November President’s Pen: The Month that Calls Us to Action

If there were ever a month in the liturgical year that belonged to CRSM, it is November. The month starts with All Saints on the first, followed by All Souls on the second and both overlap with Day of the Dead/Dia de los Muertos celebrations that run through November 2. November 3 is the Feast of St. Martin de Porres – the St. Martin in our school’s name. Later in the month we celebrate Thanksgiving and then the Feast of Christ the King/Cristo Rey. Could you script a more perfect month for Cristo Rey St. Martin?

CRSM’s November is really a beautiful progression leading into Advent. First we celebrated heroes of our faith. Bishop Rassas said mass on All Saints Day and his sermon was about how our saints aren’t always perfect but what differentiates them is that they never stopped trying to be better. Certainly a great message for our students – and all of us!

Next, students in our Hispanic National Honors Society club set up an ofrenda in the lobby for Day of the Dead. Day of the Dead celebrations are really three days where we honor loved ones who have died. The ofrenda traditionally has pictures and personal items of the dead with flowers, decorated sugar skulls, candles, and even favorite food items of the deceased. At its essence, Day of the Dead celebrates that fact that those we love live on through us in the many ways they influenced our lives when we were alive. It reminds me a bit of the way our Jewish friends, like the folks from the Weinberg Foundation who have been such wonderful supporters of our school, refer to loved ones who have passed as being “of blessed memory.” The lives of those who have gone before us are a blessing to our lives as examples of love.

Although we did not do anything extra special to celebrate the Feast of St. Martin de Porres, our namesake is a big part of November and his spirit permeates all of the month’s activities.   Poor, humble, discriminated against; he refused to be a victim – living instead a life full of healing, generosity, love, and a deep belief that even the lowliest job could be done in such a way that it glorifies God. Martin’s many acts of mercy live on through our students in their own actions by volunteering weekly at Feed My Starving Children, the Greater Illinois Food Depository, St. Anastasia’s Soup Kitchen, and Roberti Community House. Nearly two thirds of our students are engaged in active, regular volunteerism despite the fact that we choose not to impose any requirements to perform service hours. It is our students’ own personal choice to give back and try to make the world a little better.

Of course, we also participate in the annual Christmas drive with Catholic Charities.  I have fond memories moving and sorting gifts with our students in the old Kmart as part of this program before we purchased the building and made it our permanent home!

In what has become another November tradition, a small group of CRSM students and a faculty member attended the Ignatian Family Teach-In for Justice in Washington, DC., the largest annual Catholic social justice gathering in the United States. Each year, Jesuit institutions and those of the larger church come together in the context of social justice and solidarity to learn, reflect, pray, network, and advocate together. Our students returned energized by the realization that faith and justice are integrally linked.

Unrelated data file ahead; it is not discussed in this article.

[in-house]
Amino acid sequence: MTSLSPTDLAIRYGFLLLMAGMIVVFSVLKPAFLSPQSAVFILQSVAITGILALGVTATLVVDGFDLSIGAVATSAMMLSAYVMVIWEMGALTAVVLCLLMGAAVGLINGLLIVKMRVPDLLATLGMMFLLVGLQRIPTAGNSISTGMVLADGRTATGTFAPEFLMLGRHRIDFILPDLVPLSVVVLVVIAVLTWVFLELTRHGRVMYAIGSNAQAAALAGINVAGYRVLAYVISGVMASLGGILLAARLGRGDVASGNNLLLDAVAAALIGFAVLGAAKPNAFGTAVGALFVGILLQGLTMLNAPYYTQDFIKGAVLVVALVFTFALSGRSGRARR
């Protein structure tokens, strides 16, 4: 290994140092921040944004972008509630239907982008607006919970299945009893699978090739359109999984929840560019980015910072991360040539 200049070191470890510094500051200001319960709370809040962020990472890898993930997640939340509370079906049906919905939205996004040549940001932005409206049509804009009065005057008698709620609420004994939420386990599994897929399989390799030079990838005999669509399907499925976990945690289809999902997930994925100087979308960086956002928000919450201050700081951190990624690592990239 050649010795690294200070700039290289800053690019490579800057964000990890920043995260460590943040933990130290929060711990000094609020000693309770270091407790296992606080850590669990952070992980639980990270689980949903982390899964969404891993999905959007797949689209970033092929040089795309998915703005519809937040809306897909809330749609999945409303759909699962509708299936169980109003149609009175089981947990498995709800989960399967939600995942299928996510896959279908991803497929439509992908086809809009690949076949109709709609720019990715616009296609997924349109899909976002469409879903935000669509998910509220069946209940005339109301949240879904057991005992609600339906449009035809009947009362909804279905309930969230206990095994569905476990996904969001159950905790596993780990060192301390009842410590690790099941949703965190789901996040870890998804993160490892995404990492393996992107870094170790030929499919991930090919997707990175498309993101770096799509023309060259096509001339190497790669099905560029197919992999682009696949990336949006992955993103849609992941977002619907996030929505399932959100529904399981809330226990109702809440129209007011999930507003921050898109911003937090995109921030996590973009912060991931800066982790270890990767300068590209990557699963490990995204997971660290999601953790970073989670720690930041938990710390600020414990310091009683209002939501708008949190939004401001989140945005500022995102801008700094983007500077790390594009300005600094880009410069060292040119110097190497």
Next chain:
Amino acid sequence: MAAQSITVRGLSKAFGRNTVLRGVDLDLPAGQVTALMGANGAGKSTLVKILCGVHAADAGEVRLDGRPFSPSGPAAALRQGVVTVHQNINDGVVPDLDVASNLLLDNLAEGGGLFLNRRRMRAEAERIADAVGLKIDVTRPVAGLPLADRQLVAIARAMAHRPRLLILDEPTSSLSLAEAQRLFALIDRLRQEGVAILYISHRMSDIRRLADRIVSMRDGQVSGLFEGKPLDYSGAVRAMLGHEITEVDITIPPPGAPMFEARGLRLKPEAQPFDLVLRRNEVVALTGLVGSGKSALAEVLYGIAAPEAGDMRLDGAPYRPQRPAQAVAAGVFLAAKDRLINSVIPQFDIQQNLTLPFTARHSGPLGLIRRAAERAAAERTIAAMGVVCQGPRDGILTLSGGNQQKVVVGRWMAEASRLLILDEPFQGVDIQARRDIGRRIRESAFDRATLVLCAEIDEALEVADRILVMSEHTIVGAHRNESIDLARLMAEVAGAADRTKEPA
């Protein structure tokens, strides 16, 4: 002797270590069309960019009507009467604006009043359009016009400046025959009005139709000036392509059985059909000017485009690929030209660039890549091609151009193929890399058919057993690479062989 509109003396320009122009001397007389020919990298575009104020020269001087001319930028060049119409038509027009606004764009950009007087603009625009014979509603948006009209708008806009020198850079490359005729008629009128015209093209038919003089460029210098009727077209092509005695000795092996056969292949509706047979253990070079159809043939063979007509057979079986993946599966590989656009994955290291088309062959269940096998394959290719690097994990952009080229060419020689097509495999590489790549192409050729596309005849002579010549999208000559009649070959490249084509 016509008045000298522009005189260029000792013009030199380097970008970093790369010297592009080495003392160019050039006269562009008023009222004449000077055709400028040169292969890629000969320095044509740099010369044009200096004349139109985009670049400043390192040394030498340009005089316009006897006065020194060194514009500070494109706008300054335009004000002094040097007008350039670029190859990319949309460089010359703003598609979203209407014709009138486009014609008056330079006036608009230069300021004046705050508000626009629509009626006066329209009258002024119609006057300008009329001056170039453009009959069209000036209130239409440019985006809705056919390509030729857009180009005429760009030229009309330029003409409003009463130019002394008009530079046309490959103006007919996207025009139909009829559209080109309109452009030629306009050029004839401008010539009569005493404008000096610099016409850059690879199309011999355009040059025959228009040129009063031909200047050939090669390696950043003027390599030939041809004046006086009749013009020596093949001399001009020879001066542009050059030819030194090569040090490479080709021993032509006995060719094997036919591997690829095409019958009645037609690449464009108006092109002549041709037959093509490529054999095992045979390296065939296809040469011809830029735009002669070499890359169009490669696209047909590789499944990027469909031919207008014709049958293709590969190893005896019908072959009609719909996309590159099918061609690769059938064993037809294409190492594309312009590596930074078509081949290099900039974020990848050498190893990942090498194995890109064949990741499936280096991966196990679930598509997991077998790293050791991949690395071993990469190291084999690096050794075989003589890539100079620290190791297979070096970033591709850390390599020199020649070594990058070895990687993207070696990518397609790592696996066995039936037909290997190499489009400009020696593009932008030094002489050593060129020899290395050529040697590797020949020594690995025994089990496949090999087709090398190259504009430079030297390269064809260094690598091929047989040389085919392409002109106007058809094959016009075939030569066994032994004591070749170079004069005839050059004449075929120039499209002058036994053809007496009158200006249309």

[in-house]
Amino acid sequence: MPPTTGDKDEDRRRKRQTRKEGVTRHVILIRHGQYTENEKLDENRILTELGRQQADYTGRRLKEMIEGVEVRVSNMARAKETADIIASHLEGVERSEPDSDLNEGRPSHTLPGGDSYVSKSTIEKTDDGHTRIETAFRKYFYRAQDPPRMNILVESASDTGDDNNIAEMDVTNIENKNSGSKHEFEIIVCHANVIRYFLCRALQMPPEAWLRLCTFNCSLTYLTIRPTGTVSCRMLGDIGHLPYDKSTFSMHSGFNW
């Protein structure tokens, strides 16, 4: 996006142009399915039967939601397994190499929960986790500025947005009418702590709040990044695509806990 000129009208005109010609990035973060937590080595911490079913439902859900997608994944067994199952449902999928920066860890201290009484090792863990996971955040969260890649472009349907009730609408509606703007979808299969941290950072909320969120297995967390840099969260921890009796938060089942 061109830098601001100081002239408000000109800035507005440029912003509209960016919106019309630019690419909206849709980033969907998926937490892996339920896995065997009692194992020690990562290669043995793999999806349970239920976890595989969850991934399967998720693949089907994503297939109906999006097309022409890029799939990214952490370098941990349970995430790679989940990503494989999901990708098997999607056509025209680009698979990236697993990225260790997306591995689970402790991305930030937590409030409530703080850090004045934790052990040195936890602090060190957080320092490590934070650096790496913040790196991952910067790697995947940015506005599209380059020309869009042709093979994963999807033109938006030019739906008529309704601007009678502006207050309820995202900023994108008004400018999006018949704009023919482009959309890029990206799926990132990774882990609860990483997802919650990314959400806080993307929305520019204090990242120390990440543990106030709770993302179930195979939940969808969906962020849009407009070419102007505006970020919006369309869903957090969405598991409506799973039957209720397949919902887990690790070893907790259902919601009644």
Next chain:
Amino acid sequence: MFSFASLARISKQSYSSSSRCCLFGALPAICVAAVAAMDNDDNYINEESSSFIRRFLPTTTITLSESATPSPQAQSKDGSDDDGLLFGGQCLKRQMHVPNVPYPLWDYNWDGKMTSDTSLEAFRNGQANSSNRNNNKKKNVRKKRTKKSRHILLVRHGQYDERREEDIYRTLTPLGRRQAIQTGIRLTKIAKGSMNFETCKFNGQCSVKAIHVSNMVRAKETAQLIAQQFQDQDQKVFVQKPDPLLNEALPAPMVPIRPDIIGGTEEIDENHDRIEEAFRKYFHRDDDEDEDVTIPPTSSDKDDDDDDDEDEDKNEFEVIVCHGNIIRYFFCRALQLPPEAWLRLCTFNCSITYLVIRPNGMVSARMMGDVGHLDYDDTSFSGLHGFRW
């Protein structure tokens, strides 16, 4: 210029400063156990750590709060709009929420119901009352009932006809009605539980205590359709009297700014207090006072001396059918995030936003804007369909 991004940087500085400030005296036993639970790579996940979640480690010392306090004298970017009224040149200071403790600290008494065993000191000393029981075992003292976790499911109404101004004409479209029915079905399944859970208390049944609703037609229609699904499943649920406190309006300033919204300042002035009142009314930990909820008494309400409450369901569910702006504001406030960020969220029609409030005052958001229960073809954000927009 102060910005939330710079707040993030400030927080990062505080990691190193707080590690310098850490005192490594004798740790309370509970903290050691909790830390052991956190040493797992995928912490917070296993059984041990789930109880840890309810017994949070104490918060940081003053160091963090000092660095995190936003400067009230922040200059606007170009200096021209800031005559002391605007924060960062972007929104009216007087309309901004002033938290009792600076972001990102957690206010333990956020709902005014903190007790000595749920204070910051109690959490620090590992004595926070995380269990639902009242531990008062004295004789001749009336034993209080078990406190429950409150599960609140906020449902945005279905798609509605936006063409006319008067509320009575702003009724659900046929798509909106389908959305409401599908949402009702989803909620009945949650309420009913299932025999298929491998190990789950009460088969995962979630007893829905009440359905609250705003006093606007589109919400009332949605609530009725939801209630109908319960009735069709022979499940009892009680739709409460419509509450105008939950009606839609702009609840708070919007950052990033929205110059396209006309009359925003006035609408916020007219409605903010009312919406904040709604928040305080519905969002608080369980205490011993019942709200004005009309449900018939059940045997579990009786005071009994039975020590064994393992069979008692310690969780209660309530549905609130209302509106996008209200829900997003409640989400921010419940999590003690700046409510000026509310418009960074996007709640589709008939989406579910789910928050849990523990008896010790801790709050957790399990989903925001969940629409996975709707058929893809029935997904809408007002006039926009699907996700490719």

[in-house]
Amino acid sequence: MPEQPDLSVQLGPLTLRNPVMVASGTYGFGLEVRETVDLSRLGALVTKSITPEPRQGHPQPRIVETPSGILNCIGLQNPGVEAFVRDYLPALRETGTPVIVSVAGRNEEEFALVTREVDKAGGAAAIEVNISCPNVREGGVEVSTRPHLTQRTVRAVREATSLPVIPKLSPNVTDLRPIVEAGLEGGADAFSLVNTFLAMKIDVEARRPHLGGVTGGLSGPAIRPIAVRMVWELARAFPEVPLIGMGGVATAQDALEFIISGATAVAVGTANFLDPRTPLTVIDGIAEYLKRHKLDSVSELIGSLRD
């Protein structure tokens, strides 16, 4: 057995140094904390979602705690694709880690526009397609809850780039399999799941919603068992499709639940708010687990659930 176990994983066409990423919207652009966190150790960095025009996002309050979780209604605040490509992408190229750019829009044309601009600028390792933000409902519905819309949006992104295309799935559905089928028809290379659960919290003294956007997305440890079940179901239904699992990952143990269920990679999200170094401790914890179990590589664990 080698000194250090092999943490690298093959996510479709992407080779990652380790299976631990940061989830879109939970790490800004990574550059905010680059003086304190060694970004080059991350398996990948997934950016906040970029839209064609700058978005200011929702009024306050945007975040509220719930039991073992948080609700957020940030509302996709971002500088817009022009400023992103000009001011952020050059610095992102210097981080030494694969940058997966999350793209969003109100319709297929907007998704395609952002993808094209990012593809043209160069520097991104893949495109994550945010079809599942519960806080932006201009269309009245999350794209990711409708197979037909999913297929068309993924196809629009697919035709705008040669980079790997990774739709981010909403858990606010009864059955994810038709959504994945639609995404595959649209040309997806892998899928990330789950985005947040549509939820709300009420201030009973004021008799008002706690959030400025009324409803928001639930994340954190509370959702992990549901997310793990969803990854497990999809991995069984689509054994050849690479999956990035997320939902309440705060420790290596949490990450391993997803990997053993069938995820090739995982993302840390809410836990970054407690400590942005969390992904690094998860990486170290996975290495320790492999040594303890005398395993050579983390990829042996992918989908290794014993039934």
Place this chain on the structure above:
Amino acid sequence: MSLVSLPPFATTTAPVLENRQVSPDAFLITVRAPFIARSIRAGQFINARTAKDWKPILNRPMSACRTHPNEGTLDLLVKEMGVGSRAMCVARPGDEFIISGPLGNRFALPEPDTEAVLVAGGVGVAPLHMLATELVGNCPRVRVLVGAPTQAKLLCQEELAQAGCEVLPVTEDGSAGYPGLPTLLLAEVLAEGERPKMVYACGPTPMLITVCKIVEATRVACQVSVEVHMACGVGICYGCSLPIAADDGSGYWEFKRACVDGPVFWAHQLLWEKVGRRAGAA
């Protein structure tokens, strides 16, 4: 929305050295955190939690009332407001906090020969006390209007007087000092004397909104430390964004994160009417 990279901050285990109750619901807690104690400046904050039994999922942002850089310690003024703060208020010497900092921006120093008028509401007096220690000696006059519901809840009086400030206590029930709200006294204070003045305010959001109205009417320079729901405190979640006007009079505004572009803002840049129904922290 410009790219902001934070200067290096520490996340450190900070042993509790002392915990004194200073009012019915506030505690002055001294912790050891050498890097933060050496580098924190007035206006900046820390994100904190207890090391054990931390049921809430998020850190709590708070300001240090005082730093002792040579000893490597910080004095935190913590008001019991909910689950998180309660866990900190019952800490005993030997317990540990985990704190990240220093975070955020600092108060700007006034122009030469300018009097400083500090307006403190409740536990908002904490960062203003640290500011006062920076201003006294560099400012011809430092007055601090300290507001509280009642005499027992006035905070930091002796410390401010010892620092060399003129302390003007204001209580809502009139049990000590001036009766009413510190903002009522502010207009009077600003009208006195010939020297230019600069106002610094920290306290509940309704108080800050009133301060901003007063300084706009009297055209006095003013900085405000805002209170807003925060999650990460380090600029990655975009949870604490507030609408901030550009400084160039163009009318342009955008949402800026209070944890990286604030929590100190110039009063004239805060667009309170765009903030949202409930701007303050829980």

Along those same lines, as we do every month, a group of students gets up long before dawn and makes the trek to Broadview to unite with other groups outside the federal detention center where immigrant families are being separated and some deported.

Something new this year was being host to about a hundred Veterans for a breakfast honoring their service to us and the country. That morning started off with a color guard and one of our students singing the National Anthem a cappella. It was surprisingly moving and some in the audience shed tears. Our students were incredibly respectful and represented CRSM well.

With an expanded sense of gratitude, we entered into Thanksgiving week by hosting another event. This is the third year we partnered with a local mosque for an interfaith gathering to promote peace, understanding, and friendship by bringing together presenters from the Muslim, Jewish, Sikh and Christian faith traditions to discuss social issues. This year’s topic was “Love Thy Neighbor.” One obvious conclusion from the event was that all our faith traditions share the common view that welcoming strangers and building caring communities are virtues to emulate.

Outside their daily studies, our students spent most of the month remembering the dead, feeding the hungry, caring for the less fortunate, and visiting captives; what could be more appropriate at the end of the month than acknowledging the Feast of Christ the King/Cristo Rey? Our King rules by serving, responds to hate with love, finds strength in being vulnerable, and builds true wealth through generosity. Our students and staff teach me that everyday.

November isn’t just one month out of the year, at CRSM it is the month that models how every month should be spent: remembering those who taught us to love, recognizing their lives as models for our own, responding to the needs of others in our community with compassion, acknowledging how lucky we are with gratitude, realizing that we are all brothers and sisters, and reminding ourselves that God is behind all that gives our lives purpose. At CRSM, November is more than a month; it is a call to action!